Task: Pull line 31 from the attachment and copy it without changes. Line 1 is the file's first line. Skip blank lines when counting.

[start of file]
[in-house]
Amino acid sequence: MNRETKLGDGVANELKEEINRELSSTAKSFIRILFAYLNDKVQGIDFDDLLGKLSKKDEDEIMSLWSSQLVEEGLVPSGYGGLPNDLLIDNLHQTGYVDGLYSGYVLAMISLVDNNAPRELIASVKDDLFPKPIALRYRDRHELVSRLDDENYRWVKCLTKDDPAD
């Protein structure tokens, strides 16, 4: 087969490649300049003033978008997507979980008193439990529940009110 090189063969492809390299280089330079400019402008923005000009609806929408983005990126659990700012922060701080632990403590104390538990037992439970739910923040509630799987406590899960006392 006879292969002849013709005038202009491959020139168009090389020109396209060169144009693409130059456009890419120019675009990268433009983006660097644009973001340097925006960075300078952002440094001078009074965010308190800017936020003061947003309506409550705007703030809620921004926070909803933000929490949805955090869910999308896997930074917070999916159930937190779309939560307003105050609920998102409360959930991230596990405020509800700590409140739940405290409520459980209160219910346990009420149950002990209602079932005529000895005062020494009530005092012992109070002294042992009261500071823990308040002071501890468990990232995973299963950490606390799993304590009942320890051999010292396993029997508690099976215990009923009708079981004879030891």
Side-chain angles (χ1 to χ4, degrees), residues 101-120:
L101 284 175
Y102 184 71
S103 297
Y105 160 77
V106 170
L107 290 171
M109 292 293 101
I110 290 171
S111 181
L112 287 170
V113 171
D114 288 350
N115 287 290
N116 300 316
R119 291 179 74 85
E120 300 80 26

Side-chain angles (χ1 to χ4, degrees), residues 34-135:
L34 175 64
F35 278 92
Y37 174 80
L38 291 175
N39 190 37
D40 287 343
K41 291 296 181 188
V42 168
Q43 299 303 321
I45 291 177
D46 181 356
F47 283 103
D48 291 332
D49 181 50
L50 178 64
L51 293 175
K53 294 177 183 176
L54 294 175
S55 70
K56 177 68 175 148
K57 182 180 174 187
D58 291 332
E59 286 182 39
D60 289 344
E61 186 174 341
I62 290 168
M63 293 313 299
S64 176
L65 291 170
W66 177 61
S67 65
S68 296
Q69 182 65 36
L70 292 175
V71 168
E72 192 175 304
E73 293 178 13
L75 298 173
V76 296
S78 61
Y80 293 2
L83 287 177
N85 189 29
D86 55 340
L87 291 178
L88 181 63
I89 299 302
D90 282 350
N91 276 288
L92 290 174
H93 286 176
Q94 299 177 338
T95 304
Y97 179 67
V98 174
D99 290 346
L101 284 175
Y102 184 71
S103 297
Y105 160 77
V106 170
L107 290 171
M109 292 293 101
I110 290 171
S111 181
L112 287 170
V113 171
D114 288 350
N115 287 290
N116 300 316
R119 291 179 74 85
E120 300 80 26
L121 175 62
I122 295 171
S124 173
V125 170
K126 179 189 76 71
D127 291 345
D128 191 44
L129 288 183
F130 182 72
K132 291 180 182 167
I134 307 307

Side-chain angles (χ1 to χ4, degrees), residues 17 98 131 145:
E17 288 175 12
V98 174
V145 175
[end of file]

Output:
I45 291 177